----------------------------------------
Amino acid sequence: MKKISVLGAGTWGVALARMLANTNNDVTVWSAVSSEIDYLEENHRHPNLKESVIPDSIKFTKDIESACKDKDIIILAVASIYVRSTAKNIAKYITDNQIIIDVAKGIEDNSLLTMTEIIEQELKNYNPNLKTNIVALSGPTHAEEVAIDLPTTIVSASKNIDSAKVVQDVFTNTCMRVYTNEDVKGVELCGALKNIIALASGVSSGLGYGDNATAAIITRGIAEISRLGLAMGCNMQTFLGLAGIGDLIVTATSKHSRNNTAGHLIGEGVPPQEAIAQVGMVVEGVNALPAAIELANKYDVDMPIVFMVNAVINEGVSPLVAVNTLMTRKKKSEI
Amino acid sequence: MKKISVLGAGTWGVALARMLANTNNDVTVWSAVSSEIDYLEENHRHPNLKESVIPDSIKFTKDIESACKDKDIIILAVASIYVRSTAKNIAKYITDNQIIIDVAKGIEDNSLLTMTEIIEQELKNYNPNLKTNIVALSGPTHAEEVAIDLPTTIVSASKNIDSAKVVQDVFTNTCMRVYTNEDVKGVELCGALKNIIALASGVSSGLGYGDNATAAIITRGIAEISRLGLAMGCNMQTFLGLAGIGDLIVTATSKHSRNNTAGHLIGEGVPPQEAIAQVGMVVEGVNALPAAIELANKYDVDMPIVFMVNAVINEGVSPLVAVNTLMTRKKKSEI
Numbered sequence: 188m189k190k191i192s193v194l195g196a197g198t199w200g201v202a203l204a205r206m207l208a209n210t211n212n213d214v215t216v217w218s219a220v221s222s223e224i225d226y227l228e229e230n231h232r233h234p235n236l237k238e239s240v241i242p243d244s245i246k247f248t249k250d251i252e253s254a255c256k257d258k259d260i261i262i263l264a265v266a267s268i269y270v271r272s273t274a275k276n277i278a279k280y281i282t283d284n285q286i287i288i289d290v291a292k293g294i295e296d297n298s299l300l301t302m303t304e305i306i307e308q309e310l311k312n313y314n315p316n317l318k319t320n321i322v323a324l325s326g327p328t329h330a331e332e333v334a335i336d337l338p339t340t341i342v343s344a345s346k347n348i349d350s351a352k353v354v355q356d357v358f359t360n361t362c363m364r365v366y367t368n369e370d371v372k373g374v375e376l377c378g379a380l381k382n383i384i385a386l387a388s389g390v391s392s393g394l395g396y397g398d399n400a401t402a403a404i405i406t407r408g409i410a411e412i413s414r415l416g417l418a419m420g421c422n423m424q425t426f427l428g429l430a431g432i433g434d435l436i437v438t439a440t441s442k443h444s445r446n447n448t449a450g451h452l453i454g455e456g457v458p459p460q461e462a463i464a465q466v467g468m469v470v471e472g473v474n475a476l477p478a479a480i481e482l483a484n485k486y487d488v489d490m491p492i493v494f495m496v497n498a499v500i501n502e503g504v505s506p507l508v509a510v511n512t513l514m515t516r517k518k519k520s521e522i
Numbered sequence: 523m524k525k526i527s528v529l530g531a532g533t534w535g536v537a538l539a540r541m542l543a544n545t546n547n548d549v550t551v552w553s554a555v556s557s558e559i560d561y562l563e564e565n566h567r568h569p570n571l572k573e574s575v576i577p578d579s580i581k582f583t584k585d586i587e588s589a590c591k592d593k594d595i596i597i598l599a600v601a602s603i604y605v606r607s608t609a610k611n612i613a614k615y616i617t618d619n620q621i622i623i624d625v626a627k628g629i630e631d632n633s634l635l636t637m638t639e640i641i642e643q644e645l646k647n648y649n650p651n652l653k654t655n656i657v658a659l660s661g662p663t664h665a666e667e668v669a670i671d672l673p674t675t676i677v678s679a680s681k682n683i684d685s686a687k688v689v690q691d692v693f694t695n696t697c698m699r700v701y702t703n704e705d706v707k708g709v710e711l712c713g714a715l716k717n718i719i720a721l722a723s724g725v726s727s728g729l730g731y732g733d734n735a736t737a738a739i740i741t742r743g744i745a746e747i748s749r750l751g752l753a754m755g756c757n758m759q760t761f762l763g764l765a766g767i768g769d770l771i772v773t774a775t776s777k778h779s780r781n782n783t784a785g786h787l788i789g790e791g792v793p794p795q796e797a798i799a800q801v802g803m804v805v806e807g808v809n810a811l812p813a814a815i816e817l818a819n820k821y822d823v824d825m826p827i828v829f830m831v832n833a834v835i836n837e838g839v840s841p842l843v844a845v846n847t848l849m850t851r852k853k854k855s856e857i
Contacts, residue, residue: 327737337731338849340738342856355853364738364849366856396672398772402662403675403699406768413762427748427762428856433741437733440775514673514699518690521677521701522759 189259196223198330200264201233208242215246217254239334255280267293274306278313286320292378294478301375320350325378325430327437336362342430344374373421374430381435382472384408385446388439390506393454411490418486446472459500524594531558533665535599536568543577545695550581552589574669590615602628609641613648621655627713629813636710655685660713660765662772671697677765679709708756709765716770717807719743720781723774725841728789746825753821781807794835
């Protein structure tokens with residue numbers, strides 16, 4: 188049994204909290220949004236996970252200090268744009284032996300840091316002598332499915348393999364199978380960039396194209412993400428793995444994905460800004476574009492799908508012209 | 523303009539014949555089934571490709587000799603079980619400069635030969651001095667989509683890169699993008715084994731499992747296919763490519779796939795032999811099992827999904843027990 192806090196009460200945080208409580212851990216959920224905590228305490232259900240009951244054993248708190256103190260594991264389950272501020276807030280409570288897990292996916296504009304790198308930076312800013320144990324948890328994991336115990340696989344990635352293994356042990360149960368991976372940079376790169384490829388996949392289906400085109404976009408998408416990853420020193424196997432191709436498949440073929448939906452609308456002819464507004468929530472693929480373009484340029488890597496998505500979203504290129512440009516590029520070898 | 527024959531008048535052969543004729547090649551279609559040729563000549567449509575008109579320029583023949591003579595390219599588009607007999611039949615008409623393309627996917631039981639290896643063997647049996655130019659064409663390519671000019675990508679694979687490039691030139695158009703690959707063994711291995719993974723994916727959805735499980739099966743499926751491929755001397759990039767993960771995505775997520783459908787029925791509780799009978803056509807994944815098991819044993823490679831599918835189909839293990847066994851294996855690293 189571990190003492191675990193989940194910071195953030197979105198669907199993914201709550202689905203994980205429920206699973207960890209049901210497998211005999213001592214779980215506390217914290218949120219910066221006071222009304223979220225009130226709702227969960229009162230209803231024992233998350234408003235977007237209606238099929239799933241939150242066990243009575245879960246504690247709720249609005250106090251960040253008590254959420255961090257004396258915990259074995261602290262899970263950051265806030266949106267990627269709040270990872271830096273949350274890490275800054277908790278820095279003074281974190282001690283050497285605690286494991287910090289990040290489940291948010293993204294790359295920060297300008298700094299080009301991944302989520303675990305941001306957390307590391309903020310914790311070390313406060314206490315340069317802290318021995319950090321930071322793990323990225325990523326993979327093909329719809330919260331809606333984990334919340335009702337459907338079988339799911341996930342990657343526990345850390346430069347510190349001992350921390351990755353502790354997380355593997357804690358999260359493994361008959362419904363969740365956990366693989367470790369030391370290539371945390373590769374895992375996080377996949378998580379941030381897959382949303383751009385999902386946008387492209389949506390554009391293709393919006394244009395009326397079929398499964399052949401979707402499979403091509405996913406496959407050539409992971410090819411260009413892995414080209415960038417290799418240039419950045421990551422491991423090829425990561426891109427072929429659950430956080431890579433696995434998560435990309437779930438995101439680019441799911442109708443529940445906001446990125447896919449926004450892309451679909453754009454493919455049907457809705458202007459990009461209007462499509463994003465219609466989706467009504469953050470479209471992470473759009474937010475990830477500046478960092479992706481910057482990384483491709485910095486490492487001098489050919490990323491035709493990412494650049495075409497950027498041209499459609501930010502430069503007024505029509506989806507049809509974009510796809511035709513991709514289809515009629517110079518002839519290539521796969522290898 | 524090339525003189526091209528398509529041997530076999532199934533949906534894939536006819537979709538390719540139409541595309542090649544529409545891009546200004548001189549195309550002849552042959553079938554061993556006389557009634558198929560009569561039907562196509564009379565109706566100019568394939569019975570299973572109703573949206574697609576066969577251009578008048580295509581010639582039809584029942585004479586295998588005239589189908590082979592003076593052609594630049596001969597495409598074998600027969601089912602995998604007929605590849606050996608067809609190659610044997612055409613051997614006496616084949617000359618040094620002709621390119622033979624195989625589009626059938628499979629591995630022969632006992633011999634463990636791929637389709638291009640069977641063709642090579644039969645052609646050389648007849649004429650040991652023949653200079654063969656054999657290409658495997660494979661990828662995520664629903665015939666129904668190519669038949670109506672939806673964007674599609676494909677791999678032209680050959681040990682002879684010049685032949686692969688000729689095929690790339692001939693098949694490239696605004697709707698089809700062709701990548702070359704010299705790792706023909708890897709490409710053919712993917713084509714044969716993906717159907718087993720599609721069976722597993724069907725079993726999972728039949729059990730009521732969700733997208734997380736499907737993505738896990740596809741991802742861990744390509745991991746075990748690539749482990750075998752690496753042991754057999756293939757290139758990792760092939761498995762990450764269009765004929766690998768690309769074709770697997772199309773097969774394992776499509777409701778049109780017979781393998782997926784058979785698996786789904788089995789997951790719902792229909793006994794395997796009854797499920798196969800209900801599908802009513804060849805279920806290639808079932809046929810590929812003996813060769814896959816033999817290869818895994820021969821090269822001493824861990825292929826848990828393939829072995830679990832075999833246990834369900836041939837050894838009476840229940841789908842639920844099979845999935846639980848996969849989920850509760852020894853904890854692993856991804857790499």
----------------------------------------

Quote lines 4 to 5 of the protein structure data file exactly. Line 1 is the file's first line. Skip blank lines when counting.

Numbered sequence: 523m524k525k526i527s528v529l530g531a532g533t534w535g536v537a538l539a540r541m542l543a544n545t546n547n548d549v550t551v552w553s554a555v556s557s558e559i560d561y562l563e564e565n566h567r568h569p570n571l572k573e574s575v576i577p578d579s580i581k582f583t584k585d586i587e588s589a590c591k592d593k594d595i596i597i598l599a600v601a602s603i604y605v606r607s608t609a610k611n612i613a614k615y616i617t618d619n620q621i622i623i624d625v626a627k628g629i630e631d632n633s634l635l636t637m638t639e640i641i642e643q644e645l646k647n648y649n650p651n652l653k654t655n656i657v658a659l660s661g662p663t664h665a666e667e668v669a670i671d672l673p674t675t676i677v678s679a680s681k682n683i684d685s686a687k688v689v690q691d692v693f694t695n696t697c698m699r700v701y702t703n704e705d706v707k708g709v710e711l712c713g714a715l716k717n718i719i720a721l722a723s724g725v726s727s728g729l730g731y732g733d734n735a736t737a738a739i740i741t742r743g744i745a746e747i748s749r750l751g752l753a754m755g756c757n758m759q760t761f762l763g764l765a766g767i768g769d770l771i772v773t774a775t776s777k778h779s780r781n782n783t784a785g786h787l788i789g790e791g792v793p794p795q796e797a798i799a800q801v802g803m804v805v806e807g808v809n810a811l812p813a814a815i816e817l818a819n820k821y822d823v824d825m826p827i828v829f830m831v832n833a834v835i836n837e838g839v840s841p842l843v844a845v846n847t848l849m850t851r852k853k854k855s856e857i
Contacts, residue, residue: 327737337731338849340738342856355853364738364849366856396672398772402662403675403699406768413762427748427762428856433741437733440775514673514699518690521677521701522759 189259196223198330200264201233208242215246217254239334255280267293274306278313286320292378294478301375320350325378325430327437336362342430344374373421374430381435382472384408385446388439390506393454411490418486446472459500524594531558533665535599536568543577545695550581552589574669590615602628609641613648621655627713629813636710655685660713660765662772671697677765679709708756709765716770717807719743720781723774725841728789746825753821781807794835